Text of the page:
By Brian Viner at Wimbledon
Rafael Nadal did not have quite as much time as he would have liked yesterday to pack his rackets, get back to his rented house, cook his favourite pasta dish and settle down in front of the football to watch his friend Iker Casillas, the Spanish goalkeeper, trying to keep out the Russian attack. The 19-year-old Latvian Ernests Gulbis made the No 2 seed work strenuously in a match which lasted a tad under three hours and eventually finished, in the Majorcan's favour, 5-7, 6-2, 7-6, 6-3.
It wasn't as though Nadal had anticipated an easy ride. As soon as he had dealt with his first-round opponent Andreas Beck, he expressed concern about Gulbis, describing him as "one of the worst opponents who I can play in the second round. He plays very aggressive with amazing forehands." So it proved. "Unbelievably powerful, no?" Nadal said afterwards of the Gulbis forehand.
His young opponent is still the only Latvian man ever to contest a Grand Slam, and sooner or later might well become the only Latvian of any gender to win a Grand Slam. He has the all-round game for it, that powerful forehand backed up by a huge serve, which yesterday averaged 126mph, and the deftest of drop shots. He is versatile, too. He reached the quarter-final of the French Open last month, losing 5-7, 6-7, 5-7 to Novak Djokovic, having beaten the world No 8 James Blake on the way, and followed that by winning two matches on the Queen's Club grass, until Andy Murray ended his run. Which was revenge for Britain, because at Roland Garros last year Gulbis obliterated Tim Henman – remember him? – in straight sets. This is a young man worth watching.
He started on Court One like the Riga to somewhere-else-in-Latvia express, winning his first three service games to love. Indeed, Nadal managed only four points against serve in the set, and successfully returned only 33 per cent of his opponent's thunderous first serves, miserable statistics for a man of his stature. It was no wonder that he seemed out of sorts, muttering darkly to himself, and tugging at his underwear between points with just a little more force than usual. Nor was his mood improved by a dodgy call at 5-5 and 30-30, the umpire ruling that he hadn't quite reached a Gulbis drop shot, when television replays showed that he had. "Por favor," he cried. Not everyone would have been so polite, although he did then add that if he lost the first set it would be the umpire's fault. Afterwards, he had the grace to admit that the fault had been entirely his own. "I lost the set because I played terrible in the next game," he said.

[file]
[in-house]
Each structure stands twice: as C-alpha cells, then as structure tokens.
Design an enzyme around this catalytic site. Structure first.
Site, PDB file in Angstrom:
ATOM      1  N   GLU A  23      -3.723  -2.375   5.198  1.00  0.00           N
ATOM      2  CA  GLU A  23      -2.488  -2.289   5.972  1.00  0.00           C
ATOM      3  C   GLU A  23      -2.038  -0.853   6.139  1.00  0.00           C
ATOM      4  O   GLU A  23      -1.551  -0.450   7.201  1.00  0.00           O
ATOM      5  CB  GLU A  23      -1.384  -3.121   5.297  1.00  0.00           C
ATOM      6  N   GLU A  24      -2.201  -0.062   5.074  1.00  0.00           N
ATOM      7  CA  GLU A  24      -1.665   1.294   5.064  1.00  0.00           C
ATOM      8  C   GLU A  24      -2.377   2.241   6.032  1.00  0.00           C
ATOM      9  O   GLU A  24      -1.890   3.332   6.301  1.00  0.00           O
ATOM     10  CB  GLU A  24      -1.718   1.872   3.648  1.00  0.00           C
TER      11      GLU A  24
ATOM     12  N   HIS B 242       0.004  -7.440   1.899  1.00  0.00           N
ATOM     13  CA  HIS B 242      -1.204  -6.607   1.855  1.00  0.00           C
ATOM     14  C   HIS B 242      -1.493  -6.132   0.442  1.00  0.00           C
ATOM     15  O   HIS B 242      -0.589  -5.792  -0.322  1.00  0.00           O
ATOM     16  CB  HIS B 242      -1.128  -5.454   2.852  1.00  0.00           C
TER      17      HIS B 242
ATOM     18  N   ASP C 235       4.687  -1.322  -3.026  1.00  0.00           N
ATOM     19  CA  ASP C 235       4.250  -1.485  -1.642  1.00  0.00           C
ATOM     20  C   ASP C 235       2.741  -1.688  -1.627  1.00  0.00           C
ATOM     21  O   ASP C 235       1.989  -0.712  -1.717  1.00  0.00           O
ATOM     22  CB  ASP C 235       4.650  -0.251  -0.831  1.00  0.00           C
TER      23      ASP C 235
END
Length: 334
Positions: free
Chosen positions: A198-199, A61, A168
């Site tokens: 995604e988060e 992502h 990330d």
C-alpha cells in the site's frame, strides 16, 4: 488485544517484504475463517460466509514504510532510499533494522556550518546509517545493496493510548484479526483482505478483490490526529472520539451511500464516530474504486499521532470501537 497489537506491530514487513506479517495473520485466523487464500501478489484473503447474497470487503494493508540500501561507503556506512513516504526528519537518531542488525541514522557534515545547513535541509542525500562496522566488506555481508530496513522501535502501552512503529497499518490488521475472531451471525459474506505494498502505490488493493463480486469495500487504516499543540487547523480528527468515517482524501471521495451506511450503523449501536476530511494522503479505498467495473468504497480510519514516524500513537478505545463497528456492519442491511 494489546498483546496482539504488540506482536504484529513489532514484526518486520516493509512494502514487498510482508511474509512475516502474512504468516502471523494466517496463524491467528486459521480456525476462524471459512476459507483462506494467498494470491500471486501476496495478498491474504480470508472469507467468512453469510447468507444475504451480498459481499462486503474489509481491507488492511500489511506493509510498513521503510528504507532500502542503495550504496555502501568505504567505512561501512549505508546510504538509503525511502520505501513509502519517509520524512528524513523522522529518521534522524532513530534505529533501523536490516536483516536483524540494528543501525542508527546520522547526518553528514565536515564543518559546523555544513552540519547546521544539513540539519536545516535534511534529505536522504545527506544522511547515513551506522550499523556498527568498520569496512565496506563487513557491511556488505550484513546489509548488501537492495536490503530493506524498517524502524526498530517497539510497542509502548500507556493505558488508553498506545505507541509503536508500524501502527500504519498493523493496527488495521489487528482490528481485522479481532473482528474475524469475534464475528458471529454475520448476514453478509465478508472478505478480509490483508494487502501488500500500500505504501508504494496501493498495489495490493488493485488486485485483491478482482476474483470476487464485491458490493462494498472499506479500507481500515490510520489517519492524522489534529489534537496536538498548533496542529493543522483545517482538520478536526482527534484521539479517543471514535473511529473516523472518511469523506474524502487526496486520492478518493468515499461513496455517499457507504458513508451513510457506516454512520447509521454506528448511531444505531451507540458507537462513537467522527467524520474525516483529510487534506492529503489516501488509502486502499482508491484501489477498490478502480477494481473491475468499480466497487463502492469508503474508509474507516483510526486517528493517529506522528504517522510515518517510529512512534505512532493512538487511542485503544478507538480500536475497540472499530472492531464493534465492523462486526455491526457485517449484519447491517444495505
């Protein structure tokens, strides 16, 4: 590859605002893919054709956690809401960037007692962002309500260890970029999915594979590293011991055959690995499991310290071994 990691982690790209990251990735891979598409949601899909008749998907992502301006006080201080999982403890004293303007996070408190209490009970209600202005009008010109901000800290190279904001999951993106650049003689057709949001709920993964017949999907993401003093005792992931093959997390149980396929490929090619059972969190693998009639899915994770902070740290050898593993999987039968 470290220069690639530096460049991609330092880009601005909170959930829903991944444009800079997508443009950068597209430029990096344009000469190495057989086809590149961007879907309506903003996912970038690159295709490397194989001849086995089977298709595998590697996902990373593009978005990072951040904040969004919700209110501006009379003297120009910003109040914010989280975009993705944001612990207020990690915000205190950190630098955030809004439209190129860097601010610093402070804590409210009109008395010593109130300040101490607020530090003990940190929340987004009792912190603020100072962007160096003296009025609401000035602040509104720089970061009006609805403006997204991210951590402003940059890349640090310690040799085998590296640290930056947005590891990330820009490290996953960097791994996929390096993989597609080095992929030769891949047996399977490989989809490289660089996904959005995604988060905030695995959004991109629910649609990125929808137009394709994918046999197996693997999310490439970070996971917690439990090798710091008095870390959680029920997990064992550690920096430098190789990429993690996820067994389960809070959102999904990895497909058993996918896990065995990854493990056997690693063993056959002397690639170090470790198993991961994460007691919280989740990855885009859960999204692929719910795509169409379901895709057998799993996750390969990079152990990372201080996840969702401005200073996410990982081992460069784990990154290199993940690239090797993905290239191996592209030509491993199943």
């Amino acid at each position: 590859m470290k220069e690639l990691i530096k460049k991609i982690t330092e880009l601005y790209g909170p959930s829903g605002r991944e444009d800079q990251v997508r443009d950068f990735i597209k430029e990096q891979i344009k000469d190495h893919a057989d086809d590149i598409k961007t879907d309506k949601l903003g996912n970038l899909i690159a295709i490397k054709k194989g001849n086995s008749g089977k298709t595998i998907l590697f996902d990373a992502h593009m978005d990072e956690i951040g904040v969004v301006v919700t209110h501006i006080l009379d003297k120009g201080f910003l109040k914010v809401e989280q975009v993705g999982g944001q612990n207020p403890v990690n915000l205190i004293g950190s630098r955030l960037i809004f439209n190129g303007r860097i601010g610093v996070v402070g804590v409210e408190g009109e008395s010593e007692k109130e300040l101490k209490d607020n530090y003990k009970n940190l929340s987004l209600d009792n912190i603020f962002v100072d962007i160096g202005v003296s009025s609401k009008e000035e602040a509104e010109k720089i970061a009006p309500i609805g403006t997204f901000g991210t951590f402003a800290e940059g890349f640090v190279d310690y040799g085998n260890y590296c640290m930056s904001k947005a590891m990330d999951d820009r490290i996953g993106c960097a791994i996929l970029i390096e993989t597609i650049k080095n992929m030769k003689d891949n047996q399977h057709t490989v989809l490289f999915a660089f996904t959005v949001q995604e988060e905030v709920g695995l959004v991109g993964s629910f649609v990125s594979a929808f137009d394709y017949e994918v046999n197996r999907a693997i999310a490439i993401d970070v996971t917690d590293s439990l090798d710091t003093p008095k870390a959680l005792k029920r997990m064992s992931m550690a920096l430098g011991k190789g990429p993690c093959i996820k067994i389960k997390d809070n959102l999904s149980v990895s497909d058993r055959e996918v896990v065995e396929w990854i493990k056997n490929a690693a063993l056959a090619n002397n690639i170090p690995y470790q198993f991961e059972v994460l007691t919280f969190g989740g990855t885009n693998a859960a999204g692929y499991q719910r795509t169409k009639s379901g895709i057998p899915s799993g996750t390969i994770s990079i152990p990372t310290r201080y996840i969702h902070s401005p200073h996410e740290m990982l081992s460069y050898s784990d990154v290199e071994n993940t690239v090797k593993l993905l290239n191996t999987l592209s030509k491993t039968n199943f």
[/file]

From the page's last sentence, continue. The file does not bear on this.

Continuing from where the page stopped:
Yet Nadal does not wilt under pressure; it is hard to think of anyone who ever wilted less. He bounced back to win the second set with ease, after which the stage seemed set for a procession, but Gulbis had other ideas and, but for some untimely unforced errors, and an understandable tendency to overuse his mostly effective drop shot, might have caused another first-week sensation, following Djokovic's departure on Wednesday, and Maria Sharapova's in the following match.
The teenager is not like other players from the former Eastern Bloc, for whom tennis offered an exit strategy from a life of grime. His father is a wealthy investment banker, and Gulbis has been known to turn up to matches in a private plane. Unlike some tennis players from similarly comfortable backgrounds, however, he does not behave like a spoilt rich kid. His smile lit up Court One on several occasions, and the crowd responded, willing him at least to push Nadal all the way.
He nearly did and, although it is the No 2 seed who marches on, Gulbis, ranked 48 in the world, at least forced the Majorcan to consider tweaking aspects of his game. "I did terrible today when arriving to the drop shots," he said. "So for the next day I'm going to do better, change the tactics a little bit." Not many teenagers could have tested those tactics like Gulbis did. Yet Nadal, it is sometimes easy to forget, is himself only 22.